WESTERN CHANCELLOR ADDRESSES
ATHLETIC INTEGRITY AT NCAA MEETING
CULLOWHEE - Western Carolina University Chancellor John W. Bardo is fond of saying, “We want our student-athletes to succeed on the playing fields, but more importantly, we want them to graduate and succeed in the ‘game of life.’”
Bardo discussed that priority Saturday, Jan. 10, at the 2004 NCAA Convention in Nashville, Tenn. The NCAA invited Bardo to represent Division I schools at a session titled “The President’s Role in Maintaining the Integrity of Intercollegiate Athletics on Campus.” He was joined by James Netherton, president of Carson-Newman College (Division II) and Richard Pattenaude, president of the University of Southern Maine (Division III).
In his remarks, Bardo discussed how Western has attempted to create and maintain a climate in which student-athletes can thrive not just on the courts and fields of play, but also as scholars in the classrooms and citizens of the communities in which they live. He addressed specific situations at Western, including creation of an independent “blue-ribbon task force” that examined the university’s intercollegiate athletics program from top to bottom, and the hiring of coaches and administrators who embrace institutional values of academics and citizenship.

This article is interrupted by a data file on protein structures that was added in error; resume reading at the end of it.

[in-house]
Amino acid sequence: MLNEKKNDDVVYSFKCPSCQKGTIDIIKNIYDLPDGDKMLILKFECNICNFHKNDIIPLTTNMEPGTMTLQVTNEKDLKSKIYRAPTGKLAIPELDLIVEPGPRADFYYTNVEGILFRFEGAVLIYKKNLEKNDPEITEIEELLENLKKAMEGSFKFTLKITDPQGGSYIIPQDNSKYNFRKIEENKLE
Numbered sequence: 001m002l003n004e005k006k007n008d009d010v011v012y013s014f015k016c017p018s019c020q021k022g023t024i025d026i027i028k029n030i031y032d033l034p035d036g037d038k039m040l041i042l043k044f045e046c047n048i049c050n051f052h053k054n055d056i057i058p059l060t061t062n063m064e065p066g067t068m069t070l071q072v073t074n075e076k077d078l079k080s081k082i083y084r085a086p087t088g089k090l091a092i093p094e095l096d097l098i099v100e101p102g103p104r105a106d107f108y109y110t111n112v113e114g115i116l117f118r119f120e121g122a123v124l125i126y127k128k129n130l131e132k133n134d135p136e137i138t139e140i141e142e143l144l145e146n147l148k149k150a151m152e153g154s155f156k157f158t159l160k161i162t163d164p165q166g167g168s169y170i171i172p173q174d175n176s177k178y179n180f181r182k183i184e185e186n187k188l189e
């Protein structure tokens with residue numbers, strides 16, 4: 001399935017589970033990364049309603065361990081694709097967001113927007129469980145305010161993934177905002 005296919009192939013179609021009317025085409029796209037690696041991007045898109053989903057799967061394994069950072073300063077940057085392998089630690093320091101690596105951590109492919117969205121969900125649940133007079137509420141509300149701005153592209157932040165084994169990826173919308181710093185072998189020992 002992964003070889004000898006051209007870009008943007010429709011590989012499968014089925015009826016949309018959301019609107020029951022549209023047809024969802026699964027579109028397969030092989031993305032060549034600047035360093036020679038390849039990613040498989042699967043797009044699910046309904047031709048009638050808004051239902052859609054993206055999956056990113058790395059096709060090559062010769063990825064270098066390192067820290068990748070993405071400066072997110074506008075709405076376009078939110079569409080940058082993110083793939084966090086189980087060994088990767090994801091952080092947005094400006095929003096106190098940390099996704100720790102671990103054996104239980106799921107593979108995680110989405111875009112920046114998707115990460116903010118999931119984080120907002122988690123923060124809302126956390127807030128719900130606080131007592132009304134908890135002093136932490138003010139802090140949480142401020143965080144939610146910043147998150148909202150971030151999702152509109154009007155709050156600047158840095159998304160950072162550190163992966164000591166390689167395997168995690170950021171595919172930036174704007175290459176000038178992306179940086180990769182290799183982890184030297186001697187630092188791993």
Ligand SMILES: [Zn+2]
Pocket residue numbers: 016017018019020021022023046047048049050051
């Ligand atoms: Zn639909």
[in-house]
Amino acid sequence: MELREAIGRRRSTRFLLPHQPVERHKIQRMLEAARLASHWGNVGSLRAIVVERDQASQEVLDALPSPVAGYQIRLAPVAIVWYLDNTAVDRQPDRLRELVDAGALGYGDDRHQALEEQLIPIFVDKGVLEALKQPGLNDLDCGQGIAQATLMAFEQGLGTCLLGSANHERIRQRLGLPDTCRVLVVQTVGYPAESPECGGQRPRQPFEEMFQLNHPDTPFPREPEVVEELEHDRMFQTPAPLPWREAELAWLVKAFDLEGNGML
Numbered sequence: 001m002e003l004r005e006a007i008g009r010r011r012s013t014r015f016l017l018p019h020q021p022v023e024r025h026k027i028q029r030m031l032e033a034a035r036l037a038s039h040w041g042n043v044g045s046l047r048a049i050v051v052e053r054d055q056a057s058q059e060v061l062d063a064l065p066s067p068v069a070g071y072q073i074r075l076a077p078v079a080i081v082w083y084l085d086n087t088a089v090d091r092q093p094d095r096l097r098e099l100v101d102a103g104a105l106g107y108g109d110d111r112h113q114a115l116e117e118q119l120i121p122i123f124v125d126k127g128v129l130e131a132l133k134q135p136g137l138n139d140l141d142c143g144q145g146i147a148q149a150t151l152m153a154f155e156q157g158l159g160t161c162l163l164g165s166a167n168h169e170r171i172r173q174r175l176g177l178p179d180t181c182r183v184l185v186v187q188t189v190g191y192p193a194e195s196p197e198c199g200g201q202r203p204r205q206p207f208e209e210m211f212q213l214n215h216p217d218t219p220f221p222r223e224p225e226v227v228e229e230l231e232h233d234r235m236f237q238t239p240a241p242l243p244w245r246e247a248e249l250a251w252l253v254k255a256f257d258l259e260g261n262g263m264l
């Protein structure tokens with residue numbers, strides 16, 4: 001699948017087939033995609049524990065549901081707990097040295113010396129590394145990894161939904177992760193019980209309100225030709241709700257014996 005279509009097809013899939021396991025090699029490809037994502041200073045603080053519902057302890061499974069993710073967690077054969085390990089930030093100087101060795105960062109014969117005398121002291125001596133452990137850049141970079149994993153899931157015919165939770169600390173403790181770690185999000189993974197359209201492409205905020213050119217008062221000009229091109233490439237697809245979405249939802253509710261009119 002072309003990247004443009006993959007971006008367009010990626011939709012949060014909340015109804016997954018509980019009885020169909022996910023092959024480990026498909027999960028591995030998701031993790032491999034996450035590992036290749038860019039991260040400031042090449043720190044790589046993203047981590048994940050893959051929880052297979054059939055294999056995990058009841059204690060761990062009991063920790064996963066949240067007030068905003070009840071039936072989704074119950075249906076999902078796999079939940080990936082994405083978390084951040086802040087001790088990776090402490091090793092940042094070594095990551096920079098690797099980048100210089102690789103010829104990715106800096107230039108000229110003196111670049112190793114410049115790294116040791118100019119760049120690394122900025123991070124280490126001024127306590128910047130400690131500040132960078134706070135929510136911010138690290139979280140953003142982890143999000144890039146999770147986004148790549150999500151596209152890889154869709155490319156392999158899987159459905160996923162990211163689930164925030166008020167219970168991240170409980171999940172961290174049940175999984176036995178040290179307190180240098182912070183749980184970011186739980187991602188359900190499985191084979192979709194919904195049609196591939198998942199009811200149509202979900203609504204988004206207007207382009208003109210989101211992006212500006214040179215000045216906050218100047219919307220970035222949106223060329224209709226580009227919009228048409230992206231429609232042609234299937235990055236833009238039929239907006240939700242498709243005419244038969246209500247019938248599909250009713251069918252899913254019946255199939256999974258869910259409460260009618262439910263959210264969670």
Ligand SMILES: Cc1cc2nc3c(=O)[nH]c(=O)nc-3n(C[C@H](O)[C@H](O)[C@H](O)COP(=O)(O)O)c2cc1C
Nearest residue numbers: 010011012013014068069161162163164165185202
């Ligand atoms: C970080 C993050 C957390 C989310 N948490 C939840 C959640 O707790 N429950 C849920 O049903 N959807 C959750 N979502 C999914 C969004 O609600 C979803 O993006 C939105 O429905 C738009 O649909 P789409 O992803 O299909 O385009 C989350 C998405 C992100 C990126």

Bardo pointed to several success stories since the task force completed its work in January 2000, including a significant increase in the graduation rate for Western student-athletes; record grade point averages for the school’s athletes; and top 20 rankings on national lists of top academic programs for Western’s volleyball, women’s basketball, and track teams. Western placed 19 fall sport student-athletes on a Southern Conference “all-academic team” earlier this month, including football player Jason Whaley, previously named an “academic all-American.”
“It’s the job of the president or chancellor of a university to set the standard and create the right climate for the athletics program, and to be sure the university and the athletics department are doing what is best for the welfare of its student-athletes,” Bardo said. “You do that by being very visible and very vocal in setting the standards, and by hiring athletics directors and coaches who share those values.”